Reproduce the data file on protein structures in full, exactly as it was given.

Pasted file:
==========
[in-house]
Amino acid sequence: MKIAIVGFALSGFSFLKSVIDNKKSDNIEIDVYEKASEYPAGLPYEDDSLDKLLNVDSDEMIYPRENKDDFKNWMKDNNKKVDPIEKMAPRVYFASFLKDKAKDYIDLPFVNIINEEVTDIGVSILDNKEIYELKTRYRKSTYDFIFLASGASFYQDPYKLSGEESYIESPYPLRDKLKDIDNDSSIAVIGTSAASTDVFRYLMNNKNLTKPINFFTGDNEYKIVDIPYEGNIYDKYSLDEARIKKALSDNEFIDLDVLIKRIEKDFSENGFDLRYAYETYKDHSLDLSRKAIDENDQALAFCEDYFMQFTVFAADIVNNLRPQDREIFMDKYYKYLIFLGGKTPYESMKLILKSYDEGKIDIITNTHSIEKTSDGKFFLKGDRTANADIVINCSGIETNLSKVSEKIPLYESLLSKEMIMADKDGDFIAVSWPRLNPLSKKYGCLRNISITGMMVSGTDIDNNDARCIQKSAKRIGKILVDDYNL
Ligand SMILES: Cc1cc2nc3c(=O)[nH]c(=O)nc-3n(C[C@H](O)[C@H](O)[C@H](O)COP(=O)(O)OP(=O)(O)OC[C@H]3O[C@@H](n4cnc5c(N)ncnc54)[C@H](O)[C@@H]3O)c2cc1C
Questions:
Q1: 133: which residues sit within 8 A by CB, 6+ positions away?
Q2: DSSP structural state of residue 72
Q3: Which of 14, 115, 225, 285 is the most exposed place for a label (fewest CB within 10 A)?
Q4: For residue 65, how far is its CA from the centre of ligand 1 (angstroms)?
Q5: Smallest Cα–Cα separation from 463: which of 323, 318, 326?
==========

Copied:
[in-house]
Amino acid sequence: MKIAIVGFALSGFSFLKSVIDNKKSDNIEIDVYEKASEYPAGLPYEDDSLDKLLNVDSDEMIYPRENKDDFKNWMKDNNKKVDPIEKMAPRVYFASFLKDKAKDYIDLPFVNIINEEVTDIGVSILDNKEIYELKTRYRKSTYDFIFLASGASFYQDPYKLSGEESYIESPYPLRDKLKDIDNDSSIAVIGTSAASTDVFRYLMNNKNLTKPINFFTGDNEYKIVDIPYEGNIYDKYSLDEARIKKALSDNEFIDLDVLIKRIEKDFSENGFDLRYAYETYKDHSLDLSRKAIDENDQALAFCEDYFMQFTVFAADIVNNLRPQDREIFMDKYYKYLIFLGGKTPYESMKLILKSYDEGKIDIITNTHSIEKTSDGKFFLKGDRTANADIVINCSGIETNLSKVSEKIPLYESLLSKEMIMADKDGDFIAVSWPRLNPLSKKYGCLRNISITGMMVSGTDIDNNDARCIQKSAKRIGKILVDDYNL
Ligand SMILES: Cc1cc2nc3c(=O)[nH]c(=O)nc-3n(C[C@H](O)[C@H](O)[C@H](O)COP(=O)(O)OP(=O)(O)OC[C@H]3O[C@@H](n4cnc5c(N)ncnc54)[C@H](O)[C@@H]3O)c2cc1C
Questions:
Q1: 133: which residues sit within 8 A by CB, 6+ positions away?
Q2: DSSP structural state of residue 72
Q3: Which of 14, 115, 225, 285 is the most exposed place for a label (fewest CB within 10 A)?
Q4: For residue 65, how far is its CA from the centre of ligand 1 (angstroms)?
Q5: Smallest Cα–Cα separation from 463: which of 323, 318, 326?